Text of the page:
The goal should be to use technology to take a free-form seminar and turn it into a deliberate seminar (I’m borrowing Anders Ericsson’s definition of deliberate practice). Seminars could be recorded with video-cameras, and exchanges could be reviewed and analyzed to pick apart how a disagreement was handled and how a debate was conducted. Episodes in one seminar could be replayed for another. Students could be assessed, and their seminar skills could be tracked over time.
So far, most of the talk about online education has been on technology and lectures, but the important challenge is technology and seminars. So far, the discussion is mostly about technical knowledge, but the future of the universities is in practical knowledge.
And here are some gems from Thomas Friedman’s My Little (Global) School:
There was a time when middle-class parents in America could be — and were — content to know that their kids’ public schools were better than those in the next neighborhood over. As the world has shrunk, though, the next neighborhood over is now Shanghai or Helsinki … imagine, in a few years, that you could sign on to a Web site and see how your school compares with a similar school anywhere in the world.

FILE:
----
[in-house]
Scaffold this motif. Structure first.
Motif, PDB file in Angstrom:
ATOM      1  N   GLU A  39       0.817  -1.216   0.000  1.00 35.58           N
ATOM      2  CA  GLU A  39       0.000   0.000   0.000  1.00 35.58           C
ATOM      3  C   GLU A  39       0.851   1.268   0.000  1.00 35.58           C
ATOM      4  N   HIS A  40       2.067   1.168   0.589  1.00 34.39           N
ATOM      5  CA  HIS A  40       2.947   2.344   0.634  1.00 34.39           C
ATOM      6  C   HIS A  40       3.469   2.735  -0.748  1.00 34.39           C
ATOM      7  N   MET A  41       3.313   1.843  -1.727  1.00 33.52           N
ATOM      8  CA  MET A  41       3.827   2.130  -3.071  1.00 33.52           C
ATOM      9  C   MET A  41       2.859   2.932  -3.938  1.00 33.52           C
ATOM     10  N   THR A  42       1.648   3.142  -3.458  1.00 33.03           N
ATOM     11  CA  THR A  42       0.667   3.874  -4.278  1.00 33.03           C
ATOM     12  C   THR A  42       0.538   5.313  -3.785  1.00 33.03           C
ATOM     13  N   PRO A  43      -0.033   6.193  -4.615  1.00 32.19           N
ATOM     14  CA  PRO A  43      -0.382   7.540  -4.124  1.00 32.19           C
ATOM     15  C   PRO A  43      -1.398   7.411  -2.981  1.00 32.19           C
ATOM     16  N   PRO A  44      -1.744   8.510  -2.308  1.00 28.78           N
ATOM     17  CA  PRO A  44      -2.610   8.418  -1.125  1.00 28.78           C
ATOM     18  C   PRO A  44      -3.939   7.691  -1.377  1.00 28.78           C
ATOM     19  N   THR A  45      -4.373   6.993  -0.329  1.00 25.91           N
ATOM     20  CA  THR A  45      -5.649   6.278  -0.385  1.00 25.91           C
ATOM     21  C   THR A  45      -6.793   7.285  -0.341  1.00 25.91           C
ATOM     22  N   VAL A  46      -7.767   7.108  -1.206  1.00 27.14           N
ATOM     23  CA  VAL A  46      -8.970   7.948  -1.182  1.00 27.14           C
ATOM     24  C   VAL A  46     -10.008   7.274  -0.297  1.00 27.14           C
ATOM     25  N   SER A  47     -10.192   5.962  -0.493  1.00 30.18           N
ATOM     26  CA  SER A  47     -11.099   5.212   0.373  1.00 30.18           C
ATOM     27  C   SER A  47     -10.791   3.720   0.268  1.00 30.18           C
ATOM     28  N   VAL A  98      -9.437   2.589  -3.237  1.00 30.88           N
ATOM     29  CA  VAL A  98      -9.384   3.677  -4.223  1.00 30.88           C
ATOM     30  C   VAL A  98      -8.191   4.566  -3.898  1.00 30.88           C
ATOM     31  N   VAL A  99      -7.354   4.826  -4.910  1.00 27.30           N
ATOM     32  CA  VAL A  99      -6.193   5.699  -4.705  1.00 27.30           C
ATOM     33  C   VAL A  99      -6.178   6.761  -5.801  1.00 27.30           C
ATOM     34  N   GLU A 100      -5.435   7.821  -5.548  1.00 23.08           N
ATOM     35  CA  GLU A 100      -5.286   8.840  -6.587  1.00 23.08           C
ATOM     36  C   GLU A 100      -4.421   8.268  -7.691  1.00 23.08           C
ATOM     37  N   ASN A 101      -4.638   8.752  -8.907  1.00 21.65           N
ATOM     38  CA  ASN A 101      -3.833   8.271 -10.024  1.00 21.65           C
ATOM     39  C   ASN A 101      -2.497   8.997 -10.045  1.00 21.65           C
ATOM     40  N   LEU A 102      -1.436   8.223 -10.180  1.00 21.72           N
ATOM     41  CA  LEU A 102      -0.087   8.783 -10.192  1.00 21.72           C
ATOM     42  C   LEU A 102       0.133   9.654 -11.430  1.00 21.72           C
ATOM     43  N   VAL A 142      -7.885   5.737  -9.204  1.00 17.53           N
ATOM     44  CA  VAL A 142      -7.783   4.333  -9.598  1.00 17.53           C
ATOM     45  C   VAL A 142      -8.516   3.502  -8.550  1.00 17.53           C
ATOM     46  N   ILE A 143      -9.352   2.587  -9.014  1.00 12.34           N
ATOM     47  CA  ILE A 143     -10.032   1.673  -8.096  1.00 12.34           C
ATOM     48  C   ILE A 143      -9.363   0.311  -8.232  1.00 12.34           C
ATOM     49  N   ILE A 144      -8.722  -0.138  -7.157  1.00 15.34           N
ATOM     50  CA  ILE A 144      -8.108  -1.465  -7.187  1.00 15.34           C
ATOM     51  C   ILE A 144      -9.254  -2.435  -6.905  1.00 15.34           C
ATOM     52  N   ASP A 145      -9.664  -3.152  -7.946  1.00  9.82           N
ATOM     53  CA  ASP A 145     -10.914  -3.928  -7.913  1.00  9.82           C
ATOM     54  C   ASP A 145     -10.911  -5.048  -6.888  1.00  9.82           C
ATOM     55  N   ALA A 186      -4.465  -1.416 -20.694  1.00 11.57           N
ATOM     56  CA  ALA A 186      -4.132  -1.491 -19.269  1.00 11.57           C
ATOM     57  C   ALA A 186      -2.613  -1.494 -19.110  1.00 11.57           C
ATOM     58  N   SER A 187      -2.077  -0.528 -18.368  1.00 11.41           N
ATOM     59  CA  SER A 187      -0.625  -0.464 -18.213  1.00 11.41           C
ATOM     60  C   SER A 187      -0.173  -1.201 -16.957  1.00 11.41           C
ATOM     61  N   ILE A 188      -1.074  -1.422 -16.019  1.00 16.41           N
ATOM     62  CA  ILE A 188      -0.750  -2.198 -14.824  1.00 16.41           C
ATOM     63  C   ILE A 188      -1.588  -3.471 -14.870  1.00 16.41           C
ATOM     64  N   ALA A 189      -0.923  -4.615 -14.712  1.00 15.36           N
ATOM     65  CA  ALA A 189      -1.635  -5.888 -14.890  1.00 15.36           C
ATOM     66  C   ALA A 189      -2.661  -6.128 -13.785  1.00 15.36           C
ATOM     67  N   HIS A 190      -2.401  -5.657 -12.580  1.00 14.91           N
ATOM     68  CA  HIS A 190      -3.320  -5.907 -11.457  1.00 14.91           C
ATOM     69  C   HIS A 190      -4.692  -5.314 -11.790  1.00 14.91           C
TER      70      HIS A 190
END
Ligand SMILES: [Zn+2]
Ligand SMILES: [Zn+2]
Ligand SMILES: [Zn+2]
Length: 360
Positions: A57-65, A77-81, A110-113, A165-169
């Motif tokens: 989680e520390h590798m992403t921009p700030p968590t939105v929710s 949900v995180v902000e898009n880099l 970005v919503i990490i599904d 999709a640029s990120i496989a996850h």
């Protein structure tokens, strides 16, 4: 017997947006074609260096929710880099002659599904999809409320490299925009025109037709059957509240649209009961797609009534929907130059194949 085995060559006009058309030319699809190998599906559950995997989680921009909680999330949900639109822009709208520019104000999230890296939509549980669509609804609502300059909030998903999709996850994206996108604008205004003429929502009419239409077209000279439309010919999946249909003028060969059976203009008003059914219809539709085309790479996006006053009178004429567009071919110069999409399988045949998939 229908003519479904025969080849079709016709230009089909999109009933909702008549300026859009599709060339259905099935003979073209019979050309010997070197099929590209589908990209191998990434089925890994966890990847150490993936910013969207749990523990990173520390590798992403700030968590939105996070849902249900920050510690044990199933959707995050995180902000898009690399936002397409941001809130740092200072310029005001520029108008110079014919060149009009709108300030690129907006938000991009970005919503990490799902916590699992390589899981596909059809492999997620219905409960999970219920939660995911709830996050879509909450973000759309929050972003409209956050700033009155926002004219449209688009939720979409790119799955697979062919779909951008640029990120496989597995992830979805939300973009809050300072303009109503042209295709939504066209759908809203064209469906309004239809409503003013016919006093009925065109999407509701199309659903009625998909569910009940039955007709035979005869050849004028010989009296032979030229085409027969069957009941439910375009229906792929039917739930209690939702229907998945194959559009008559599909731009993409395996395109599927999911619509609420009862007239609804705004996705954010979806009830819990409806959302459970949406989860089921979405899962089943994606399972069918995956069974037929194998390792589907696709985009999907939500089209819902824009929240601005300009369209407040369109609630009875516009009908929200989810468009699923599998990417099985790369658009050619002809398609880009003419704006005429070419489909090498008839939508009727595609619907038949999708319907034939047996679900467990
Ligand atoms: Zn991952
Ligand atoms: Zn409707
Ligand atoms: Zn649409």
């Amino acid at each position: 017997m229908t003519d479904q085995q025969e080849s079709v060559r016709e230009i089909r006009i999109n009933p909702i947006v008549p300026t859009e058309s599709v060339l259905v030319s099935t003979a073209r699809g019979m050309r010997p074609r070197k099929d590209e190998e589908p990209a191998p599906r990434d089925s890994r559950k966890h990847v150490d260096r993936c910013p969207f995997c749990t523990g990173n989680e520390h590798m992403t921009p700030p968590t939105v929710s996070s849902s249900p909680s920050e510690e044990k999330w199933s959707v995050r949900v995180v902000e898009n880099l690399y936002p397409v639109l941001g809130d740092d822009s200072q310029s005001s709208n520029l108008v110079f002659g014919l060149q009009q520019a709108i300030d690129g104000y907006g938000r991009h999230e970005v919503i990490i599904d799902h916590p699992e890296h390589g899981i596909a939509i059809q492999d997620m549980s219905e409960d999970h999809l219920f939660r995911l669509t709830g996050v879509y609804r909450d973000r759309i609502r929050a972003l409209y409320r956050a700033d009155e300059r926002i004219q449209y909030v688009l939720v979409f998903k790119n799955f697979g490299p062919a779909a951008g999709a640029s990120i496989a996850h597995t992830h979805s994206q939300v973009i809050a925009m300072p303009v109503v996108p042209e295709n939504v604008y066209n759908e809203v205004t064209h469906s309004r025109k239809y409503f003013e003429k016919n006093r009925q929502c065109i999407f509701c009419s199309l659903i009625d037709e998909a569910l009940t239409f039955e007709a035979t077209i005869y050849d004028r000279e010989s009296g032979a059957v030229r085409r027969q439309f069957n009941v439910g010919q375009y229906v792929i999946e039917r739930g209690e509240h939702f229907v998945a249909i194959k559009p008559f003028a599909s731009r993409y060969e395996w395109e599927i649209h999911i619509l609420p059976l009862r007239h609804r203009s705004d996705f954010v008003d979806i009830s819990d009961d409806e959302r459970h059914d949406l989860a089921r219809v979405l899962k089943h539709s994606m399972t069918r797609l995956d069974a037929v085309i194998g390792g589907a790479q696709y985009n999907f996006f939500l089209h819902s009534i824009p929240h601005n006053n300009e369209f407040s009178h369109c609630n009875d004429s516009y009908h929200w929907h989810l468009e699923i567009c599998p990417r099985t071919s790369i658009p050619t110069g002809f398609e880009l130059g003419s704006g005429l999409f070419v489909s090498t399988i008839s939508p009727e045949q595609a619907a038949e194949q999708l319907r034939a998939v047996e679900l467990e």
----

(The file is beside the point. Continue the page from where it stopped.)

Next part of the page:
Well, that day has come, thanks to a successful pilot project involving 105 U.S. schools recently completed by Schleicher’s team at the Organization for Economic Cooperation and Development, which coordinates the Program for International Student Assessment, or PISA test, and Jon Schnur’s team at America Achieves, which partnered with the O.E.C.D. Starting this fall, any high school in America will be able to benchmark itself against the world’s best schools, using a new tool that schools can register for at http://www.americaachieves.org. It is comparable to PISA and measures how well students can apply their mastery of reading, math and science to real world problems.